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Public Relations Principles

Course Details

Course Number
Section Number
Fall 2010
Fain Fine Arts Center
Classroom Number
Days & Times

MWF @ 11 - 11:50 a.m.

Liz Minden (view Profile)

Course Attachments


Effective Public Relations, 9th or 10th ed.
Course Objectives

This course examines the nature of public relations, how it functions in an organization, and its role in society.  The course is designed to give you a broad understanding of the development and practice of public relations, as well as the profession’s theory, issues and trends.  In addition to learning from lecture information and reading the text, students also will examine several cases, conduct research and analyze information designed to reinforce public relations principles.  By the end of the course, you should be able to:

  1. define public relations and explain the steps in the PR process.
  2. outline the evolution of public relations and explain its role in modern society.
  3. explain some of the PR profession’s legal and ethical responsibilities, as well as some of its regulations and constraints.
  4. conduct research and analyze an organization’s communication activities in order to plan, and implement communication strategies that help achieve organizational goals.
  5. apply the public relations process to a variety of organizational situations
  6. distinguish between PR’s communication activities and its strategic management function.
Course Expectations


      These will be based on the assigned readings.  They will be unannounced and given at the discretion of the instructor.


  1. ASSIGNMENT DATES are:  Sept. 24, Oct. 22, Nov. 12, Dec. 3.
  2. These are in-class writing assignments for which you will develop ideas to address a particular public relations problem or situation.  Thought in applying the readings and lecture material is key to doing well on these assignments.

C.   HOMEWORK ASSIGNMENTS:  100 points each

      A handout explaining each assignment will be provided.  Students must work independently of each other on each of these assignments.

1.   Assignment #1, Research = due date:  October 4

2.   Assignment #2, Analysis/Planning = due date:  November 1

3.   Assignment #3, Communication = due date:  November 22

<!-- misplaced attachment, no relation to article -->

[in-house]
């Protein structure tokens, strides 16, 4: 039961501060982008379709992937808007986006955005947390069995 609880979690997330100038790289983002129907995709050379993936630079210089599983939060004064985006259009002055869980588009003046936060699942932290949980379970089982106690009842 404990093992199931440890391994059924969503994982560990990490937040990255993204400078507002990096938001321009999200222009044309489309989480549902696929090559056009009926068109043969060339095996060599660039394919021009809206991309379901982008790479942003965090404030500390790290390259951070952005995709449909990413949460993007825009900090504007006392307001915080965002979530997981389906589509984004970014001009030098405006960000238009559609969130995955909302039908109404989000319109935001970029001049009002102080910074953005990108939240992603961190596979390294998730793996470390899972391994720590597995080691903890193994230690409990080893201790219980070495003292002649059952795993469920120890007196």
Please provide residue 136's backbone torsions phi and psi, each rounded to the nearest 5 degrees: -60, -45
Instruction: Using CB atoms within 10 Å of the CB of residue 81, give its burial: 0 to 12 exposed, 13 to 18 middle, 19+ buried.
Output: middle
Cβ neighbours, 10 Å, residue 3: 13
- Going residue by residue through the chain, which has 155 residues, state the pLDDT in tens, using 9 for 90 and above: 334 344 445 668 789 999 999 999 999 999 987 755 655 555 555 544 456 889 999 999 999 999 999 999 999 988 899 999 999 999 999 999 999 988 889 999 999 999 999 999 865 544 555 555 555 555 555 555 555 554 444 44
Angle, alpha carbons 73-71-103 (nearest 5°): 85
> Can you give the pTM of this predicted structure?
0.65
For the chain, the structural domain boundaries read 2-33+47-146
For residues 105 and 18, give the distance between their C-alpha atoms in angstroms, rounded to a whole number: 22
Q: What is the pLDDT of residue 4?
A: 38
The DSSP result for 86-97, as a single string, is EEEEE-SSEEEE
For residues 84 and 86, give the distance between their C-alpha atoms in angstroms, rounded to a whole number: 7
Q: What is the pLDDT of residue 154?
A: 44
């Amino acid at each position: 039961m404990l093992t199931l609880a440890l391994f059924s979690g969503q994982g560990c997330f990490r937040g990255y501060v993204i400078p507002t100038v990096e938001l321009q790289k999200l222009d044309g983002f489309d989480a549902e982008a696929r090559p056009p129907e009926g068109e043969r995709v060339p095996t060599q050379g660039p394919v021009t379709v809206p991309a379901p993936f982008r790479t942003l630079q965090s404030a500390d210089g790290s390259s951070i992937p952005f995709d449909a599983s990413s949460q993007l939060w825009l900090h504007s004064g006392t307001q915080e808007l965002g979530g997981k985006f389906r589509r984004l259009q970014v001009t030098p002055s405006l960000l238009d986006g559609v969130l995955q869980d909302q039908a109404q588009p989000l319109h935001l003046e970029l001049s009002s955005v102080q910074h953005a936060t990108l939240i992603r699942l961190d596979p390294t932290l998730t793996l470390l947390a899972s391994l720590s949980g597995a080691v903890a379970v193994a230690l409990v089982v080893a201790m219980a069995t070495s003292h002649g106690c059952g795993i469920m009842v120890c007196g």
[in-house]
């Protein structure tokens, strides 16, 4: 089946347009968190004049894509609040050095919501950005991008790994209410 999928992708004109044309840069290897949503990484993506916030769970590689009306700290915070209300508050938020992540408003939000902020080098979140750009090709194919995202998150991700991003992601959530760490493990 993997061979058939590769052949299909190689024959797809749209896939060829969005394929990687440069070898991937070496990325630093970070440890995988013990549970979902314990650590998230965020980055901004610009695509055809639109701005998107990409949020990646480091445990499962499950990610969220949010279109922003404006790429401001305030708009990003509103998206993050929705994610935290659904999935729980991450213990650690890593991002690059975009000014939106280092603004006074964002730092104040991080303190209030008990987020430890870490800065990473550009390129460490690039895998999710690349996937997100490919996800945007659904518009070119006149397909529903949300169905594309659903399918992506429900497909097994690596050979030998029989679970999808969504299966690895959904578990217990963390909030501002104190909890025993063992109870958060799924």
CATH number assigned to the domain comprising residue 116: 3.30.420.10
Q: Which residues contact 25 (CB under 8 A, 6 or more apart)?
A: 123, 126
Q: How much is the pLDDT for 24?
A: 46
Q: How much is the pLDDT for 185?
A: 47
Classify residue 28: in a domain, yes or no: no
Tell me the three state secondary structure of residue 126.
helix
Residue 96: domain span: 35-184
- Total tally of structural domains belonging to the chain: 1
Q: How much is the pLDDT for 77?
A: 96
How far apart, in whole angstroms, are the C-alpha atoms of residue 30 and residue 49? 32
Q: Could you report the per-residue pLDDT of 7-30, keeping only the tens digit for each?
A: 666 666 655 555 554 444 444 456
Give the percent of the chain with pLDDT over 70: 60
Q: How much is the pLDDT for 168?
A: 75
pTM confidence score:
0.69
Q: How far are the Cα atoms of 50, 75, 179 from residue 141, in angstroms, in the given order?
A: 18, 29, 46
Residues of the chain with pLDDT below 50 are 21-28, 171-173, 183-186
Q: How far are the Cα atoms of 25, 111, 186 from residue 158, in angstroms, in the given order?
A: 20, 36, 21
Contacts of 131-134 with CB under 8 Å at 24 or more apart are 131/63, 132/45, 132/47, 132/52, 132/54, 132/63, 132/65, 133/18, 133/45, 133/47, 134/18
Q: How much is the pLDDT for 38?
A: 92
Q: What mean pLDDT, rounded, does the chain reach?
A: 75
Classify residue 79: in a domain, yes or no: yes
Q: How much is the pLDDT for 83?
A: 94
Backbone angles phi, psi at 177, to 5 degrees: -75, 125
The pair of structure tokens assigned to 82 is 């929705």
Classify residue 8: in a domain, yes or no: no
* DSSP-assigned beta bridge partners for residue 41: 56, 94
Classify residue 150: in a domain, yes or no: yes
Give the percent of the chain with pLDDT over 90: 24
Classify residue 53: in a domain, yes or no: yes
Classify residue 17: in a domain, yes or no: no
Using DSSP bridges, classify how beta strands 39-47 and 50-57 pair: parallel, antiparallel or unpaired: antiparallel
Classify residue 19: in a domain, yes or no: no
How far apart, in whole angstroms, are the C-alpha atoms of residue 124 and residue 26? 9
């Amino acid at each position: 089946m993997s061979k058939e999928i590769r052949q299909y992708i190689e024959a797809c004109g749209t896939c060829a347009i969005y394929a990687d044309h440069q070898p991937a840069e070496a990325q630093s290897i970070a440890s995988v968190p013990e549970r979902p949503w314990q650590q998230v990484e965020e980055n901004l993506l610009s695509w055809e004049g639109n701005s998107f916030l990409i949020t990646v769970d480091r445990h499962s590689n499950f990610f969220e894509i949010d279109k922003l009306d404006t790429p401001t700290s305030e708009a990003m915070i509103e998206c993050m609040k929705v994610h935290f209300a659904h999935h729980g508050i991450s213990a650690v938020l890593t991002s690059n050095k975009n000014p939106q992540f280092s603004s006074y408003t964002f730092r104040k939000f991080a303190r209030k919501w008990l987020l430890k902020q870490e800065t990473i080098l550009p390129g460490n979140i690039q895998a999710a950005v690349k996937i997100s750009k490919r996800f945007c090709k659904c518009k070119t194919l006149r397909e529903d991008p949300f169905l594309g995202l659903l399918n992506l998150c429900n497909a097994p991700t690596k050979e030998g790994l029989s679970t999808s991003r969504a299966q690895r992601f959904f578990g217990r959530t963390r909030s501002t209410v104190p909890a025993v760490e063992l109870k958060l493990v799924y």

4.   Assignment #4, Evaluation = due date: Monday, Dec. 6 (during final exam period)

Grading Standards


  1. Late work will not be accepted.  If you know you’ll be out of town on a due date, turn in your work early.  A late assignment earns a zero for points. 
  2. Fabricating information or using another’s work as your own earns you an “F” for the course.  (See “Course Policies” #2.)
  3. Points will be deducted from homework assignments that have numerous grammatical, spelling and punctuation errors.
  4. Homework assignments must be typed, double-space.
  5. Students are expected to come to class having read the assigned chapters upon which quizzes are based.
  6. The ability to make up any missed assignment is at the discretion of the instructor.
  7. Numerical grades are awarded for each quiz and assignment.  To determine your grade for the course, quiz and assignment grades will be totaled and then divided by the total number of possible points to derive your percentage. The grading scale is:

A   =          90% -100% of the total possible points

B   =          80% - 89% of the total possible points

C   =          70% - 79% of the total possible points

D   =          60% - 69% of the total possible points

F    =          Less than 60% of the total possible points

**NOTE:  The instructor reserves the right to add or cancel assignments as the course progresses.  If for some reason the number of assignments total more or fewer than the original number set for the course, the method of calculating your final grade will remain the same:  the total points a student achieves for all submitted assignments will be divided by the total possible points for all the assignments to obtain a percentage, and a grade will be assigned according to the percentage scale outlined above.

Final Exam 12/06/2010 10:30-12:30
Submission Format Policy
  1. Homework assignments must be typed, double-spaced.
  2. Typed assignments must be as free as possible of typos, misspellings, poor grammar, and other writing errors.
  3. Assignments must be submitted at the beginning of the class period in which they are due.

Note: You may not submit a paper for a grade in this class that already has been (or will be) submitted for a grade in another course, unless you obtain the explicit written permission of me and the other instructor involved in advance.
Late Paper Policy

Late work will not be accepted.  If you know you’ll be in class when an assignment is due, turn in your work early.  A late assignment earns a zero for points.

Plagiarism Policy

Plagiarism is the use of someone else's thoughts, words, ideas, or lines of argument in your own work without appropriate documentation (a parenthetical citation at the end and a listing in "Works Cited")-whether you use that material in a quote, paraphrase, or summary. It is a theft of intellectual property and will not be tolerated, whether intentional or not.

Student Honor Creed

As an MSU Student, I pledge not to lie, cheat, steal, or help anyone else do so."

As students at MSU, we recognize that any great society must be composed of empowered, responsible citizens. We also recognize universities play an important role in helping mold these responsible citizens. We believe students themselves play an important part in developing responsible citizenship by maintaining a community where integrity and honorable character are the norm, not the exception.

Thus, We, the Students of Midwestern State University, resolve to uphold the honor of the University by affirming our commitment to complete academic honesty. We resolve not only to be honest but also to hold our peers accountable for complete honesty in all university matters.